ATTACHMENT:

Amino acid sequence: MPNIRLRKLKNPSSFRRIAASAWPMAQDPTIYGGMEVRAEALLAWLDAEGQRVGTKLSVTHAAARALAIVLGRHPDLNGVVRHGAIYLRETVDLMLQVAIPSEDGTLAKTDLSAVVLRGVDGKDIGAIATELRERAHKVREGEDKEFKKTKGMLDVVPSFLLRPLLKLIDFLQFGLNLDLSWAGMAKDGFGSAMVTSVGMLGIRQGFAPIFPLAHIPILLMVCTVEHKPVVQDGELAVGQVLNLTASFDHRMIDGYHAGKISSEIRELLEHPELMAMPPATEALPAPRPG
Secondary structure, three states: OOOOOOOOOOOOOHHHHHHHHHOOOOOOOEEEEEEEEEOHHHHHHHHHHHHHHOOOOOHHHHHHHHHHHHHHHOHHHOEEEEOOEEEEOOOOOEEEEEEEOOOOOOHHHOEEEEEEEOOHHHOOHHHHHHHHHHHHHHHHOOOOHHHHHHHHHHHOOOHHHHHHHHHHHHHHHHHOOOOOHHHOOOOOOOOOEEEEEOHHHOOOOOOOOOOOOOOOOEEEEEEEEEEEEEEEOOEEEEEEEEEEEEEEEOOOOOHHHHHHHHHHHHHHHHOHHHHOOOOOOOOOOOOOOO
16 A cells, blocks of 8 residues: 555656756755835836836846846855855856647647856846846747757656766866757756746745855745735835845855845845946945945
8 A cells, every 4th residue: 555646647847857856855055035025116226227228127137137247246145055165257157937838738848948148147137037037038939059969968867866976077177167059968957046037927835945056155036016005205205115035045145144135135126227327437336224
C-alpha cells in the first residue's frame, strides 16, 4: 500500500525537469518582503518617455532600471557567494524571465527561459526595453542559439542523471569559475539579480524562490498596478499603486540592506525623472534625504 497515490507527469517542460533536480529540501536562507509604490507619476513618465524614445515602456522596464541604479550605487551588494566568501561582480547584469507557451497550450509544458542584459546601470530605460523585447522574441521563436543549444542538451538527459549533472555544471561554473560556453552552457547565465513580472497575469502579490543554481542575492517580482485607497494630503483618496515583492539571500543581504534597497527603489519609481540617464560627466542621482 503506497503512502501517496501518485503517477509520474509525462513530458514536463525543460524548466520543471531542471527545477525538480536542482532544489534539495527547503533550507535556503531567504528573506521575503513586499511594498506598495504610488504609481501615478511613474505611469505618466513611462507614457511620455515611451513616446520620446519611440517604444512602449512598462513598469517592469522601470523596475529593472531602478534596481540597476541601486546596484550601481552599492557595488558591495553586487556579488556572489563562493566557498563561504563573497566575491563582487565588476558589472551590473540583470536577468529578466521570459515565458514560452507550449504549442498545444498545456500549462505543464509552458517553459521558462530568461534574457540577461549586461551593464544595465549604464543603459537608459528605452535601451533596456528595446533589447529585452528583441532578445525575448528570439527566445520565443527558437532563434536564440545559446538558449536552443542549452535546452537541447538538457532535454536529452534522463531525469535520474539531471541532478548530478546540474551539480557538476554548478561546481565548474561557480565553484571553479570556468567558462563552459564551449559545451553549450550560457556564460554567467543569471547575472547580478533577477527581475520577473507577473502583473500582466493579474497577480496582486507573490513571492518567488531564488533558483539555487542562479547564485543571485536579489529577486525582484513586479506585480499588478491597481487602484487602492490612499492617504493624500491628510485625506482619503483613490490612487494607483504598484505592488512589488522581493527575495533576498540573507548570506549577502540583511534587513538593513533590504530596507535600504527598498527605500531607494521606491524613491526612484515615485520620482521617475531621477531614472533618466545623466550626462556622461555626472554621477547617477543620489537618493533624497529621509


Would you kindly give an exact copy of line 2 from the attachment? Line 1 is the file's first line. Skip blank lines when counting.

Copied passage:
Secondary structure, three states: OOOOOOOOOOOOOHHHHHHHHHOOOOOOOEEEEEEEEEOHHHHHHHHHHHHHHOOOOOHHHHHHHHHHHHHHHOHHHOEEEEOOEEEEOOOOOEEEEEEEOOOOOOHHHOEEEEEEEOOHHHOOHHHHHHHHHHHHHHHHOOOOHHHHHHHHHHHOOOHHHHHHHHHHHHHHHHHOOOOOHHHOOOOOOOOOEEEEEOHHHOOOOOOOOOOOOOOOOEEEEEEEEEEEEEEEOOEEEEEEEEEEEEEEEOOOOOHHHHHHHHHHHHHHHHOHHHHOOOOOOOOOOOOOOO